Federal Ethics Commissioner Mario Dion has ruled that Prime Minister Justin Trudeau violated the Conflict of Interest Act because of his actions during the SNC-Lavalin affair.
Mr. Dion said Mr. Trudeau inappropriately used his position of authority in trying to get then-attorney-general Jody Wilson-Raybould to overrule the director of public prosecutions and seek a deal that would avoid criminal prosecution for the Quebec construction company.
Mr. Dion’s predecessor as ethics commissioner, Mary Dawson, ruled in 2017 that Mr. Trudeau had violated ethics rules by accepting a vacation in the Bahamas on the private island of the Aga Khan.
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China’s government said the protests in Hong Kong were reaching the level of “near terrorism,"partly due to demonstrations at the international airport that turned ugly yesterday. The protests in Hong Kong began as defiance to a proposed bill to allow residents to be extradited to mainland China for some crimes, but have swelled into greater calls for more democracy in the region.
As Pakistan celebrates its independence day, Prime Minister Imran Khan expressed solidarity with Kashmiris living in the Indian side of the region. The Indian government recently removed some of the governing autonomy of the state of Jammu and Kashmir, and has sent in troops to quell any protests. Canada’s Global Affairs department is recommending no travel to the region and says it knows of 12 Canadian citizens who are currently there.
Prime Minister Justin Trudeau says the Liberals will make a campaign promise about strengthening gun control during the fall election. Toronto Mayor John Tory said he was looking for the federal government to step up its investments in cities like his that are seeing a rise in gun violence. “We have to address the root cause of gun violence and get much tougher on criminals who often laugh at things like bail and sentencing practices,” Mr. Tory told reporters.
Experts question whether the federal government has really spent more to address concerns about affordable housing, despite a flurry of announcements this year.
The British Columbia Civil Liberties Association says the RCMP is blocking the release of an independent report into how the Mounties investigated anti-oil protesters.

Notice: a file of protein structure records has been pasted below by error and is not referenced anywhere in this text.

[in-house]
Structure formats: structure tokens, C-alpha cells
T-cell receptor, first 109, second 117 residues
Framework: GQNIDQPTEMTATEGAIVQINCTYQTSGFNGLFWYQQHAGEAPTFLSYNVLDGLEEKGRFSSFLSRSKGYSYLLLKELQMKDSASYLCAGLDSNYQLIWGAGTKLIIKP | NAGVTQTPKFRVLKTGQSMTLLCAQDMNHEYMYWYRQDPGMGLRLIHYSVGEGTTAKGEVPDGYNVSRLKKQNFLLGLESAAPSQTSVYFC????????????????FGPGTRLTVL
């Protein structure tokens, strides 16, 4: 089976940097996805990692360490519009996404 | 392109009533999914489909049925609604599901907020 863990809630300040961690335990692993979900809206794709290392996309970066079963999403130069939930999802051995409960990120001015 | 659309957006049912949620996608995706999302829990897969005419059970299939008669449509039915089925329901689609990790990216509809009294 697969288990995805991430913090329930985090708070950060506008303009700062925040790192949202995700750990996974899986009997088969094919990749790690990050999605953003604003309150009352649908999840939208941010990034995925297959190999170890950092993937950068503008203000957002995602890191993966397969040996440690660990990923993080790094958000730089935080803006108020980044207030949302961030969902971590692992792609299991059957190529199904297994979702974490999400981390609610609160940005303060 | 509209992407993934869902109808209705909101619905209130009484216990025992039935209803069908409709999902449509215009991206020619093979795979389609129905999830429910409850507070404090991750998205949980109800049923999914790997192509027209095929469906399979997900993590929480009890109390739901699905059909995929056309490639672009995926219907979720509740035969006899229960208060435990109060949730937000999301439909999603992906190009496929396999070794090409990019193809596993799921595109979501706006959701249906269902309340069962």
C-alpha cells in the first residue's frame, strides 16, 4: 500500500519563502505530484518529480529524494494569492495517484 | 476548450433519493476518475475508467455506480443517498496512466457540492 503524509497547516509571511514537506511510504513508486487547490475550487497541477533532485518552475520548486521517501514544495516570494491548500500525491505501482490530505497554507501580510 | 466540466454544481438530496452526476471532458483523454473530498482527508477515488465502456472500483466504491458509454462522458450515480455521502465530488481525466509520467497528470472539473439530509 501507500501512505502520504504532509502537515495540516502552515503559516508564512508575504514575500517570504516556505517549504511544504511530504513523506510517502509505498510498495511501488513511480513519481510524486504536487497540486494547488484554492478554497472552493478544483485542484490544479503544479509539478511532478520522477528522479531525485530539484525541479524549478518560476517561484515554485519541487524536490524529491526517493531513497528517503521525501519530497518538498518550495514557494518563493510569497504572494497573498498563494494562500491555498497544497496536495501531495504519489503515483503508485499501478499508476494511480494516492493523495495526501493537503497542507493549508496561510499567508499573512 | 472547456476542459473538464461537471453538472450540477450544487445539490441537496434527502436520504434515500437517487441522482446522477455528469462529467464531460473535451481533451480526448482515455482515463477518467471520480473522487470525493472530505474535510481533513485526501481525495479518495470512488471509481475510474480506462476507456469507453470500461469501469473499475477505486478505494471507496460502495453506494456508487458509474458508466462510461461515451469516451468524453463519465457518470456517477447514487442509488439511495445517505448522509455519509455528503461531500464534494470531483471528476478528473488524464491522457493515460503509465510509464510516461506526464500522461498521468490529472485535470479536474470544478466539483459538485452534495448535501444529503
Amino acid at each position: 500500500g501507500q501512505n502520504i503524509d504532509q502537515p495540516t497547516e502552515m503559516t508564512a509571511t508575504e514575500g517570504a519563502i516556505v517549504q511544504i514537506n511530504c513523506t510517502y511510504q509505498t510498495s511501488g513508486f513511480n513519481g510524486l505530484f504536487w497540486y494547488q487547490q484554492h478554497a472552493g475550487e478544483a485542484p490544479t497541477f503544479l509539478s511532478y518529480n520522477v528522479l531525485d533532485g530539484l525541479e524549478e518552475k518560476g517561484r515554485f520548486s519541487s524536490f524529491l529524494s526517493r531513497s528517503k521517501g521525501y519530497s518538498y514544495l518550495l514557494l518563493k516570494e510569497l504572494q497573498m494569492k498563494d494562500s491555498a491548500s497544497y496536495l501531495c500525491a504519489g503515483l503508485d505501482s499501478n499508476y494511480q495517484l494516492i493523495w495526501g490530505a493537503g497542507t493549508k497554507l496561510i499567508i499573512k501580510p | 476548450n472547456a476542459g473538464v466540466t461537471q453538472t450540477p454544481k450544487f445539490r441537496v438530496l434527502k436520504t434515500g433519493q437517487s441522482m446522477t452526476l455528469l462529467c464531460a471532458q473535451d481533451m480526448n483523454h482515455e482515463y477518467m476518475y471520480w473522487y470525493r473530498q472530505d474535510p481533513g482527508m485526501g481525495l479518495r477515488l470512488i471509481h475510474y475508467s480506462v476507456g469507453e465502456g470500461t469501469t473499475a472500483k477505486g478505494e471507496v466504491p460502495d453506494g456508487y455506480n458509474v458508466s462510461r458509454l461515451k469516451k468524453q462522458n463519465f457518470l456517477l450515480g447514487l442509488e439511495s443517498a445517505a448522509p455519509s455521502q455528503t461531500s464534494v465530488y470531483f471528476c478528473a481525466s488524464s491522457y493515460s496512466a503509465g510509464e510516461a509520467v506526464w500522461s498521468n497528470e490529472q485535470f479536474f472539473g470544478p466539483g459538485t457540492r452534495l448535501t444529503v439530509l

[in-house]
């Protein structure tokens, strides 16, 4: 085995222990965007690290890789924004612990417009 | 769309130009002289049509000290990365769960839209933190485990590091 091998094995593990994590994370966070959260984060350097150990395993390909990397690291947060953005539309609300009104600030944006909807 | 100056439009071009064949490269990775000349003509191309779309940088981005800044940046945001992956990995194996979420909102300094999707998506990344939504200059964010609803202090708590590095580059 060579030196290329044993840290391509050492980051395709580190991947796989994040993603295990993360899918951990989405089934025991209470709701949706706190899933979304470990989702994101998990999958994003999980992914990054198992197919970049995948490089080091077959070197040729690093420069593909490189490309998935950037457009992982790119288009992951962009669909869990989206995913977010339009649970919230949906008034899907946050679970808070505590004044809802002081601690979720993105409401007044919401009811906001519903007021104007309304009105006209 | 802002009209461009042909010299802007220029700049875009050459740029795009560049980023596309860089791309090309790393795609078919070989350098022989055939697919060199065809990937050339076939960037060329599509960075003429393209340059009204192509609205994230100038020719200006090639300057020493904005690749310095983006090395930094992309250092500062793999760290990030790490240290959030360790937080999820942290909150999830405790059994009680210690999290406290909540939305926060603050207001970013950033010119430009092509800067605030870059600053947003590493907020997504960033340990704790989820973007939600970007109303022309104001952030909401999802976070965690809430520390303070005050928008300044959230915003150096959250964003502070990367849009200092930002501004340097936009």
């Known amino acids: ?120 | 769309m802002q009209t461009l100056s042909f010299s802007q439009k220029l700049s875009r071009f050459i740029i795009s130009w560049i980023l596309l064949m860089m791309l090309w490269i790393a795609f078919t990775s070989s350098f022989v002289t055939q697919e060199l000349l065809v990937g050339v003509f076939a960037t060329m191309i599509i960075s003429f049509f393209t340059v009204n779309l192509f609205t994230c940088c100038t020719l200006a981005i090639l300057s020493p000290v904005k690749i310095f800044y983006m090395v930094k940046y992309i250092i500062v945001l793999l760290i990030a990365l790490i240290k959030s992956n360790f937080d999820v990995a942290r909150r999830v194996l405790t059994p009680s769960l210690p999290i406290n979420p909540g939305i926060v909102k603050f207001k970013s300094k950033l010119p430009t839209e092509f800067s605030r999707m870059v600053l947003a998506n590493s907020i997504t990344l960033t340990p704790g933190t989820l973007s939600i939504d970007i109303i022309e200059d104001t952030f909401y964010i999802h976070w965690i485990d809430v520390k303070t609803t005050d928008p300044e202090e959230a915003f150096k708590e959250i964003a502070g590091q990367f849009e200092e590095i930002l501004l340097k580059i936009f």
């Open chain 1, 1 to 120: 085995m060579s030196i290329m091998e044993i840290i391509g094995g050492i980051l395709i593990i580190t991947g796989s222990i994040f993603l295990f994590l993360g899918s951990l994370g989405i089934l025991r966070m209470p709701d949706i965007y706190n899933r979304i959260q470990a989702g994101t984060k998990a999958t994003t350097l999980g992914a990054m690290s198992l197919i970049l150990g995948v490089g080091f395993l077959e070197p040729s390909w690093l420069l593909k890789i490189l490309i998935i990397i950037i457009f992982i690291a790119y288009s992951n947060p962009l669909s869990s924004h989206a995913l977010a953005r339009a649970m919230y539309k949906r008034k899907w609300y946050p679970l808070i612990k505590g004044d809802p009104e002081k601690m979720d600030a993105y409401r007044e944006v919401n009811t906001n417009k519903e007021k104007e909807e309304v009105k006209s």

Canada’s spy agency has had trouble recruiting and retaining talent. Former employees tell CBC that common concerns are the low pay and a requirement that they have to move across the country if management asks them to.
And federal public servants are bristling at new “open” office spaces inspired by those in vogue at tech startups. The “activity based workplaces” mean that bureaucrats don’t have fixed desks and work in closer proximity – prompting management to send around notices with questions like: “Do you often pass gas regardless of how it might be experienced by other people?”
Minxin Pei (The Globe and Mail) on the protests in Hong Kong: “China’s leaders may well be sensing that the best – or even the only – way to restore their authority in Hong Kong is by force. But whether they do so now, or in two months – after the 70th anniversary of the founding of the People’s Republic on Oct. 1 – a Tiananmen-style crackdown is not the answer.”
Charles Burton (The Globe and Mail) on Chinese President Xi Jinping: “Mr. Xi’s mismanagement of the Hong Kong file strengthens the momentum of Taiwan’s pro-independence regime, seriously compounding the failure of Mr. Xi’s leadership in the eyes of Chinese nationalists who yearn for Taiwan’s reunification with the motherland.”
Konrad Yakabuski (The Globe and Mail) on Quebec job numbers: “The province’s labour force is shrinking everywhere outside the Montreal area and the Coalition Avenir Québec’s (CAQ) government’s move to cut immigration levels will only exacerbate the trend in coming years. And that is making Quebec a less attractive place to invest.”
Tom Mulcair (Toronto Sun) on People’s Party Leader Maxime Bernier: “In either case, Bernier will likely fail. His strident questioning of a woman’s right to choose, his mocking of climate science, his Libertarian economics or his anti-immigration posturing may unwittingly benefit Andrew Scheer.”
Maclean’s editorial on the tone of the election: “This suggests to us, as optimists, that there’s plenty of room for savvy Canadian politicians to return happy voters to their traditional position of dominance by committing to a civil, inclusive and passionately upbeat campaign this October.”